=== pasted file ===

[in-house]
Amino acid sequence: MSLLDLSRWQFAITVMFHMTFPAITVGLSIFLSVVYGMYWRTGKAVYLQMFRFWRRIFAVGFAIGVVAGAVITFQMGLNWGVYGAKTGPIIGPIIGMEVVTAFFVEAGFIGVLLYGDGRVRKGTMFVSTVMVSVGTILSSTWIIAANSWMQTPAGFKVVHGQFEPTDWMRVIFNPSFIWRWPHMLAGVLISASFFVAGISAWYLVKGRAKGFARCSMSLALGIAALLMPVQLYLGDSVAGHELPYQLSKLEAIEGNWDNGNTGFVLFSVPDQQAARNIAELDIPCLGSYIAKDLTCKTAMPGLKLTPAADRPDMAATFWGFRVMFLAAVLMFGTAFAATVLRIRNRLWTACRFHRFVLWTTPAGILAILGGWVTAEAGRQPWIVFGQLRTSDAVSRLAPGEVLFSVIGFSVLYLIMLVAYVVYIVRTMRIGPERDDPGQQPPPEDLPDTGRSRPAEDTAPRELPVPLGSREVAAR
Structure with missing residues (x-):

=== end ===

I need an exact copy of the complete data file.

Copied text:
[in-house]
Amino acid sequence: MSLLDLSRWQFAITVMFHMTFPAITVGLSIFLSVVYGMYWRTGKAVYLQMFRFWRRIFAVGFAIGVVAGAVITFQMGLNWGVYGAKTGPIIGPIIGMEVVTAFFVEAGFIGVLLYGDGRVRKGTMFVSTVMVSVGTILSSTWIIAANSWMQTPAGFKVVHGQFEPTDWMRVIFNPSFIWRWPHMLAGVLISASFFVAGISAWYLVKGRAKGFARCSMSLALGIAALLMPVQLYLGDSVAGHELPYQLSKLEAIEGNWDNGNTGFVLFSVPDQQAARNIAELDIPCLGSYIAKDLTCKTAMPGLKLTPAADRPDMAATFWGFRVMFLAAVLMFGTAFAATVLRIRNRLWTACRFHRFVLWTTPAGILAILGGWVTAEAGRQPWIVFGQLRTSDAVSRLAPGEVLFSVIGFSVLYLIMLVAYVVYIVRTMRIGPERDDPGQQPPPEDLPDTGRSRPAEDTAPRELPVPLGSREVAAR
Structure with missing residues (x-):